6. Australian National Audit Office, Administration of Three Key Components of the Agriculture Advancing Australia (AAA) Package, Canberra, 2003, p. 58.

  7. Portfolio Budget Statements 2003-04 , Agriculture, Fisheries and Forestry portfolio, Budg`et related paper No. 1.1, p. 21; and Portfolio Budget Statements 2004-05 , Agriculture, Fisheries and Forestry portfolio, Budget related paper No. 1.1, p. 27.

  8. Senate, Rural and Regional and Transport Legislation Committee, Budget Estimates , Hearings, 25 May 2004, p. 35.

  9. ibid., p. 37.

  10. ibid., p. 37.

  11. An employee of AFFA told the Senate Estimates Committee on 25 May 2004 that I think an approximate figure for the number of people on exceptional circumstances is probably 10,000 If we expected, say, 10 per cent of those people to transfer to Farm Help then we would see quite a significant increase.

  12. Australian National Audit Office, Administration of Three Key Components of the Agriculture Advancing Australia (AAA) Package, pp. 64 5.

  13. ibid., p. 65.

  14. ibid., p. 65.

  15. The current basic rates of Newstart Allowance are, for a single person with no children $389.20 a fortnight, single with dependent children $421.00 a fortnight, or for partners $351.10 each per fortnight.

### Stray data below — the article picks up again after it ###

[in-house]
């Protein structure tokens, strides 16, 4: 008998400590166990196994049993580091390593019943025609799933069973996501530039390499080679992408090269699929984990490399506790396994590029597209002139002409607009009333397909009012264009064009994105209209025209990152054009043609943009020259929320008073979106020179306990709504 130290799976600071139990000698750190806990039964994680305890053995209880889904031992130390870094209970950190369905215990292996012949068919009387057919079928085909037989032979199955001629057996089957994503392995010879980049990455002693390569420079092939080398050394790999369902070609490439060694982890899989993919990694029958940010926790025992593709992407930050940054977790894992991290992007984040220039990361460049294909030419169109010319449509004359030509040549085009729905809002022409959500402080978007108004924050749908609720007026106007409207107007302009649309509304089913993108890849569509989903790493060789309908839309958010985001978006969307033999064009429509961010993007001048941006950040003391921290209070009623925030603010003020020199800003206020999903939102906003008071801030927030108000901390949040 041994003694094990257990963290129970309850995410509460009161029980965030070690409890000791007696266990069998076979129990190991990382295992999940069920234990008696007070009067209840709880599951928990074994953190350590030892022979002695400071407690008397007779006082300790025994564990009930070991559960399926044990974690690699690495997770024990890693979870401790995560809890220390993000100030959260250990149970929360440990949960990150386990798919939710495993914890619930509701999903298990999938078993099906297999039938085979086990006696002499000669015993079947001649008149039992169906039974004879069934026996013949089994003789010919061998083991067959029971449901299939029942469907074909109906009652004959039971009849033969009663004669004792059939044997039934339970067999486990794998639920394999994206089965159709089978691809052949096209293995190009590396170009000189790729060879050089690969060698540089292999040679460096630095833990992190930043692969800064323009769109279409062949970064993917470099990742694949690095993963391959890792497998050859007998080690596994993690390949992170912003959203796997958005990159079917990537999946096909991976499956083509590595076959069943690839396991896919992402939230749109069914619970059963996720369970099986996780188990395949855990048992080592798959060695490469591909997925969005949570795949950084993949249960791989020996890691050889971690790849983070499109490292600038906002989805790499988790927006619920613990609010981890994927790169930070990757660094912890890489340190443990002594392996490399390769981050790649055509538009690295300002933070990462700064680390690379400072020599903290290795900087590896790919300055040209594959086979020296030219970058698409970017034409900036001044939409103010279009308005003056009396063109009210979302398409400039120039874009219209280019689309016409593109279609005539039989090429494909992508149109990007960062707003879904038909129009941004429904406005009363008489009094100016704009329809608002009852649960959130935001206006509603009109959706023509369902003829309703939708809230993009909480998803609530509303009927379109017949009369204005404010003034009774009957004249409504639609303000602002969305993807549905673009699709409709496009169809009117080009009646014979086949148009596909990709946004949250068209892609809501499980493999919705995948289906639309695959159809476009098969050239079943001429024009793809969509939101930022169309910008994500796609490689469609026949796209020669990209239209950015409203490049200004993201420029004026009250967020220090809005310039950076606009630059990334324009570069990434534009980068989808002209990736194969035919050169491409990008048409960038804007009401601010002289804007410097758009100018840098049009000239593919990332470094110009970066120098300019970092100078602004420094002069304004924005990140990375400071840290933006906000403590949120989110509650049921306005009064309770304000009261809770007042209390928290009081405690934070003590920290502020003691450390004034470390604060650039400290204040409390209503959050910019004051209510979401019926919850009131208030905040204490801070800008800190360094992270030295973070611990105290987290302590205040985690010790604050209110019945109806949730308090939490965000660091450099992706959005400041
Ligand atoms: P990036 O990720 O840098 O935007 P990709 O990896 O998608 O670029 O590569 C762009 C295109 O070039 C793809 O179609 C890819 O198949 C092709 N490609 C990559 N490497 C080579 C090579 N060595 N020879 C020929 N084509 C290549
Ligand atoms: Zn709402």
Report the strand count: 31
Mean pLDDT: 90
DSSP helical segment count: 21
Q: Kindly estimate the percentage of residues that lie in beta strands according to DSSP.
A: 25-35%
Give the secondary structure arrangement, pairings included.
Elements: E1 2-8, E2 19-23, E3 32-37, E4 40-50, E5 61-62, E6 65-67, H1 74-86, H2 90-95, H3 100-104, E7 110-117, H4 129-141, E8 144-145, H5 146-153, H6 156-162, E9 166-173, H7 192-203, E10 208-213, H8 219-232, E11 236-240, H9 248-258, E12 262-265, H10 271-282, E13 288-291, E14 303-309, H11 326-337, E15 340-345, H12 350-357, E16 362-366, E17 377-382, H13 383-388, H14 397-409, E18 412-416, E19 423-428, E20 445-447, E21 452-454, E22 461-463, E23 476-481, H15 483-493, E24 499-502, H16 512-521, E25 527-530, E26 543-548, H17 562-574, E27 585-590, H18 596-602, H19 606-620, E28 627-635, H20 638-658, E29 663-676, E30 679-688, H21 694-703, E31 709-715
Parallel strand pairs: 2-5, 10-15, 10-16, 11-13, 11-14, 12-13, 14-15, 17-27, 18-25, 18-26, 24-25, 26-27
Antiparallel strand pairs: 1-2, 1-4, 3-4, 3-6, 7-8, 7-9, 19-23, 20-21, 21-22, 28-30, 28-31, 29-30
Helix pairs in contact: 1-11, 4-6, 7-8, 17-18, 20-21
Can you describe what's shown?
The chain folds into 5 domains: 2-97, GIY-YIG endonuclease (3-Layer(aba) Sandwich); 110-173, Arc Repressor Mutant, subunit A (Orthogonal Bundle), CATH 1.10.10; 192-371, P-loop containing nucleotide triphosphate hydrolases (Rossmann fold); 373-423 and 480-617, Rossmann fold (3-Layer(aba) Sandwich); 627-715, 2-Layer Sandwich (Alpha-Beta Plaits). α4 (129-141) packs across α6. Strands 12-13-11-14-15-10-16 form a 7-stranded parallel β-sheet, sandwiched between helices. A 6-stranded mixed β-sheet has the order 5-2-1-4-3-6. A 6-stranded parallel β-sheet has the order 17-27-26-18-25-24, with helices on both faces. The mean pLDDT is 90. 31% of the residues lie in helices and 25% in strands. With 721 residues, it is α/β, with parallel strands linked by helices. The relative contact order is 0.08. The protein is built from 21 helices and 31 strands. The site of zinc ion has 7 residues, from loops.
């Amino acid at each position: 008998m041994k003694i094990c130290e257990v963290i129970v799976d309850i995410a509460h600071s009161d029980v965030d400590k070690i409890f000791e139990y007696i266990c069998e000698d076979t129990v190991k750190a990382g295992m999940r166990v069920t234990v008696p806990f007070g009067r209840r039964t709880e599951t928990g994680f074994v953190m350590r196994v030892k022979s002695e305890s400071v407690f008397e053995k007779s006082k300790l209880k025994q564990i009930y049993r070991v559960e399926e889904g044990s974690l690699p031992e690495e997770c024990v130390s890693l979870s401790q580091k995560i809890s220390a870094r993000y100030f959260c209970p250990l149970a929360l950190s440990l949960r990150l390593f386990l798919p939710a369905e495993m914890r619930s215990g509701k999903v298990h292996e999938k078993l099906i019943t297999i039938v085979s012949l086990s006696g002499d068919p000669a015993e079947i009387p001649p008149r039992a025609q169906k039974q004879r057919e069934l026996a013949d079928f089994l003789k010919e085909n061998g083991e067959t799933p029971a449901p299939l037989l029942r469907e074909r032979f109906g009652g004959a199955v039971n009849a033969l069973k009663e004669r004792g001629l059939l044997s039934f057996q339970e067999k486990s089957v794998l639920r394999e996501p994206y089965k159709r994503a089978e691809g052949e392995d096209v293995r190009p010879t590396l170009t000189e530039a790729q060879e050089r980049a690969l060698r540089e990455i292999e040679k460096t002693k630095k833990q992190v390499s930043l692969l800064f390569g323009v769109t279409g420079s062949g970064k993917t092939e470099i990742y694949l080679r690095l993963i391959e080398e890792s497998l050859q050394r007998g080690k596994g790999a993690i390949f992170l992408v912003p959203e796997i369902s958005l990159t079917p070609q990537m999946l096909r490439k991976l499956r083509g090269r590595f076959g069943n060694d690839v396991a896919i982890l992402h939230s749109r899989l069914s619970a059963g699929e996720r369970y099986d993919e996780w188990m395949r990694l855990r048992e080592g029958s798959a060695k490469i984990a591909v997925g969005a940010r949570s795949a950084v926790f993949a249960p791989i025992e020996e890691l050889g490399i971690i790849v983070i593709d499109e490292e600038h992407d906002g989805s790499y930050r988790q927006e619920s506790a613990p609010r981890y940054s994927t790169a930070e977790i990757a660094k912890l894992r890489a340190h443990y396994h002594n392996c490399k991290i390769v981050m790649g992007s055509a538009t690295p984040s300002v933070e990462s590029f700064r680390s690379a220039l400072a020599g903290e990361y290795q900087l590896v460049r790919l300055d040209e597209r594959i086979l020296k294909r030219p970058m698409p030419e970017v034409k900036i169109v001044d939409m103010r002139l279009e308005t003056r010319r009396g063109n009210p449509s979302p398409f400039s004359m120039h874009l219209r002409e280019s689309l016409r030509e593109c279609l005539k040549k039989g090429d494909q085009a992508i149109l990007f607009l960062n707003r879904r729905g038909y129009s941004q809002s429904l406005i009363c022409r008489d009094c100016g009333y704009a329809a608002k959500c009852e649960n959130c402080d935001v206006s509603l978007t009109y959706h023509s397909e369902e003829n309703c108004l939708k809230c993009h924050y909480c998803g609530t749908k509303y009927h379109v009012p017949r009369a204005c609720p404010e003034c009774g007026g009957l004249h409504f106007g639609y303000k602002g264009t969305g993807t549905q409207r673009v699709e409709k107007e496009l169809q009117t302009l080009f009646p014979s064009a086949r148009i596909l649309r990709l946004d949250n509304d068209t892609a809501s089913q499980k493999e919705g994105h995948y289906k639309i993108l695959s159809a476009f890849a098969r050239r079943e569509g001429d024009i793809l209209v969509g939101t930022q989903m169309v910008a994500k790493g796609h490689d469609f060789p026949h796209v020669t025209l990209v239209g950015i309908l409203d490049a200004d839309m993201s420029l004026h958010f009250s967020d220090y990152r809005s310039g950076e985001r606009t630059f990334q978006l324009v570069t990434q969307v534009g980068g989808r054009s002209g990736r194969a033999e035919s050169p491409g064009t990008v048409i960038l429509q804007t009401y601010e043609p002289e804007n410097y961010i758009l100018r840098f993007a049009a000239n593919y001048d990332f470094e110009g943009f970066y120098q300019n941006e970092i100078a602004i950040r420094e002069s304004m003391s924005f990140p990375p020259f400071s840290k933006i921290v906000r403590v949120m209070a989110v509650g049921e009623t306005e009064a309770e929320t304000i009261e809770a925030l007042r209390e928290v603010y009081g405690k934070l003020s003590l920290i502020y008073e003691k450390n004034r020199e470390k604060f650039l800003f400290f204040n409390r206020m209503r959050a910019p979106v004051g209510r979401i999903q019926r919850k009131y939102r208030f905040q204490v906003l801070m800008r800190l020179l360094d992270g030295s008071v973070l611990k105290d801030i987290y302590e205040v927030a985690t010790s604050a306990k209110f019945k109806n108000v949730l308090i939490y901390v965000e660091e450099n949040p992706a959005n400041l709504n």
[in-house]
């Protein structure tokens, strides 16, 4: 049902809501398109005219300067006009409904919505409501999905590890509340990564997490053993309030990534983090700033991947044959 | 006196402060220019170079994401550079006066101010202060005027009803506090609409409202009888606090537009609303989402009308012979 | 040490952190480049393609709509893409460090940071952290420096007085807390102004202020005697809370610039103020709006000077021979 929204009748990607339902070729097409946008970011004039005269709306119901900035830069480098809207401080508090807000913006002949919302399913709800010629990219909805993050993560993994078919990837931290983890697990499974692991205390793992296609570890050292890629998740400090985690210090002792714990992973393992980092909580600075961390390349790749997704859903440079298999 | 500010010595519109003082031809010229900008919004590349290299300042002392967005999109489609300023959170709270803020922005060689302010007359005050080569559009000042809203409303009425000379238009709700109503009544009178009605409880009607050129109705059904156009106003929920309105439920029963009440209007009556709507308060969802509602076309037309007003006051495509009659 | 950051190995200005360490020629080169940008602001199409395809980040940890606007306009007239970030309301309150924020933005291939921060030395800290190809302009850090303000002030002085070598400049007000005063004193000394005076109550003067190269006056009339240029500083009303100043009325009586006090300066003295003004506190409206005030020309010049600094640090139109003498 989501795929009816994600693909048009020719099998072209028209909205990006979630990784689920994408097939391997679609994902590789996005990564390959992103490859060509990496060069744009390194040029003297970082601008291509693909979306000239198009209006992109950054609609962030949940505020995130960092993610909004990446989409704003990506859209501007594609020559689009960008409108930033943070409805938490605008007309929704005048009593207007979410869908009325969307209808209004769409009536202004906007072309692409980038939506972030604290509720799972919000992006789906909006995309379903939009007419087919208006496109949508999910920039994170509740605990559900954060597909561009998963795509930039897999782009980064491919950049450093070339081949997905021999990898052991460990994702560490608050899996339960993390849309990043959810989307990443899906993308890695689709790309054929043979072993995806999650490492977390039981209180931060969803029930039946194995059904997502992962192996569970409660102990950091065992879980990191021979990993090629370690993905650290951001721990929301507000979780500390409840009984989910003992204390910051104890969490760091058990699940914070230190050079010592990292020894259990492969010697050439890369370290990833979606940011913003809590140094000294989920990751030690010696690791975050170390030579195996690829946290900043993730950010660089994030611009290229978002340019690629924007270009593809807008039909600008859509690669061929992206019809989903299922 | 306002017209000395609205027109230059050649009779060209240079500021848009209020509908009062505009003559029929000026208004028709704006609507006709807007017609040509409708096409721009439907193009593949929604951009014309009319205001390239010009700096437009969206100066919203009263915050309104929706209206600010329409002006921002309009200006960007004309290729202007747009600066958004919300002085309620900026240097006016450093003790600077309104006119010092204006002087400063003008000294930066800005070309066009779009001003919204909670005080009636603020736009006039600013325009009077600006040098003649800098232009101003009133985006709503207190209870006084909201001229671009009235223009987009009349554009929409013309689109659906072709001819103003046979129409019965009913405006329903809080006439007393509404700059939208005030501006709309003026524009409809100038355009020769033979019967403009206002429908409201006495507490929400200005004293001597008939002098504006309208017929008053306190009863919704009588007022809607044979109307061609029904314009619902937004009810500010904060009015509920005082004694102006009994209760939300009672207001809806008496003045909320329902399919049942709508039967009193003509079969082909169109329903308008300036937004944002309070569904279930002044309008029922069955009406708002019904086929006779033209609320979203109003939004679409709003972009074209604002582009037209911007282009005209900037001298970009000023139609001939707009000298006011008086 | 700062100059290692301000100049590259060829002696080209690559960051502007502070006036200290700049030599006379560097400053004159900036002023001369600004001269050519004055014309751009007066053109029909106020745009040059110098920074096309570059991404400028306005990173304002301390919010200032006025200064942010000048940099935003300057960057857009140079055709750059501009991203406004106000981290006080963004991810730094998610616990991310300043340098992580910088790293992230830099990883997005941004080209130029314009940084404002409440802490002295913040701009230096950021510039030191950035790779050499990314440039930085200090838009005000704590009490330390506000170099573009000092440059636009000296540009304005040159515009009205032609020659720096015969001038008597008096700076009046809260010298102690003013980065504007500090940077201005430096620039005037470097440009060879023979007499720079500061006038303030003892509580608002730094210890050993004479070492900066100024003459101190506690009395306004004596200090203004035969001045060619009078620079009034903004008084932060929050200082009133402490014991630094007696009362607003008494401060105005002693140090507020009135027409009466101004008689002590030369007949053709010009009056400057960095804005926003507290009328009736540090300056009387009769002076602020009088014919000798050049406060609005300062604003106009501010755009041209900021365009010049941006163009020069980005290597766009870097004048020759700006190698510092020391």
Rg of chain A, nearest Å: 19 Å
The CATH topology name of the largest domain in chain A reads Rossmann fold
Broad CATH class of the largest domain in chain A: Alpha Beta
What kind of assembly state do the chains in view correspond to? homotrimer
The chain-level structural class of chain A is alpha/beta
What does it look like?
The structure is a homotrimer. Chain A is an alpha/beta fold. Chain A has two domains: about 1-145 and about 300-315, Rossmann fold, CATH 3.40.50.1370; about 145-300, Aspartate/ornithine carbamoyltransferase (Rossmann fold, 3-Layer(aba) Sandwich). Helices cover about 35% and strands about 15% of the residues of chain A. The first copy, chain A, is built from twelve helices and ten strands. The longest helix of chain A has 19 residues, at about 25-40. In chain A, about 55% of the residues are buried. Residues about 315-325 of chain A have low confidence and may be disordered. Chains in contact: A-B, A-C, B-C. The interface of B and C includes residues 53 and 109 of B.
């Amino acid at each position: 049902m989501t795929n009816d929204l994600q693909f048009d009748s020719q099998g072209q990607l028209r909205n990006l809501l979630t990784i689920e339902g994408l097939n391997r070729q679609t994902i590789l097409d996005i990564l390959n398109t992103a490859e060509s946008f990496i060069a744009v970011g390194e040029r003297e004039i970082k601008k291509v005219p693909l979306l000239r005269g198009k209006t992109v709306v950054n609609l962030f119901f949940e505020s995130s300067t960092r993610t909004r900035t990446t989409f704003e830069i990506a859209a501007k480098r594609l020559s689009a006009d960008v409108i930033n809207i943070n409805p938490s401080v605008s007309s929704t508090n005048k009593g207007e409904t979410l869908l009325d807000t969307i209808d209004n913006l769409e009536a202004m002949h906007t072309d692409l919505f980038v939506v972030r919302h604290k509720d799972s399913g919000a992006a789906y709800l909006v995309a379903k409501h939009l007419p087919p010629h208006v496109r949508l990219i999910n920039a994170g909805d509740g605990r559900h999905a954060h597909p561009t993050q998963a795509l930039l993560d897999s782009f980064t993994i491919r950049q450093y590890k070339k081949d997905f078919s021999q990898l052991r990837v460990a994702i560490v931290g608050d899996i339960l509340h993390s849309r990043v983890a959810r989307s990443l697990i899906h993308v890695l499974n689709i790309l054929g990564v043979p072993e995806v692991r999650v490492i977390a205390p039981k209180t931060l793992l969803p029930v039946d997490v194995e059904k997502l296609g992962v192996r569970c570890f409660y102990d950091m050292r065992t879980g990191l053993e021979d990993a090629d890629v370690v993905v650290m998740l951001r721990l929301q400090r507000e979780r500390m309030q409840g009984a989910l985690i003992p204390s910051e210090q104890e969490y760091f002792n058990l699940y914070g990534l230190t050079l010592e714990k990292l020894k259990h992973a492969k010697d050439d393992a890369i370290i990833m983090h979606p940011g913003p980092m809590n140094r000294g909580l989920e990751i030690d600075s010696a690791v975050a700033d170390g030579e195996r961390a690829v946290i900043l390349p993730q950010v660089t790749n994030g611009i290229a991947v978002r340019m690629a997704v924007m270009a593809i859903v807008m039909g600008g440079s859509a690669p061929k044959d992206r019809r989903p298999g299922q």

16. Explanatory memorandum, Farm Household Support Amendment Bill 2004, p. 6.

  17. Hon Warren Truss, Second reading speech, Farm Household Support Amendment Bill 2004 , House of Representatives, Debates, 27 May 2004, p. 29132.

  18. Explanatory memorandum, op. cit., p. 7.

  19. Hon Warren Truss, Second reading speech, Farm Household Support Amendment Bill 2004 , House of Representatives, Debates, 3 June 2004, p. 29641.

  20. See Sugar Industry Reform Program 2004 (SIRP) at: http://www.affa.gov.au/content/output.cfm?ObjectID=3662DAEF-3235-4FA8-86F13B5961C60A12


 

Contact Officer and Copyright Details

Rosemary Bell
16 June 2004
Bills Digest Service
Information and Research Services

This paper has been prepared for general distribution to Senators and Members of the Australian Parliament. While great care is taken to ensure that the paper is accurate and balanced, the paper is written using information publicly available at the time of production. The views expressed are those of the author and should not be attributed to the Information and Research Services (IRS). Advice on legislation or legal policy issues contained in this paper is provided for use in parliamentary debate and for related parliamentary purposes. This paper is not professional legal opinion. Readers are reminded that the paper is not an official parliamentary or Australian government document.

IRS staff are available to discuss the paper's contents with Senators and Members and their staff but not with members of the public.

ISSN 1328-8091
© Commonwealth of Australia 2004

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Published by the Parliamentary Library, 2004.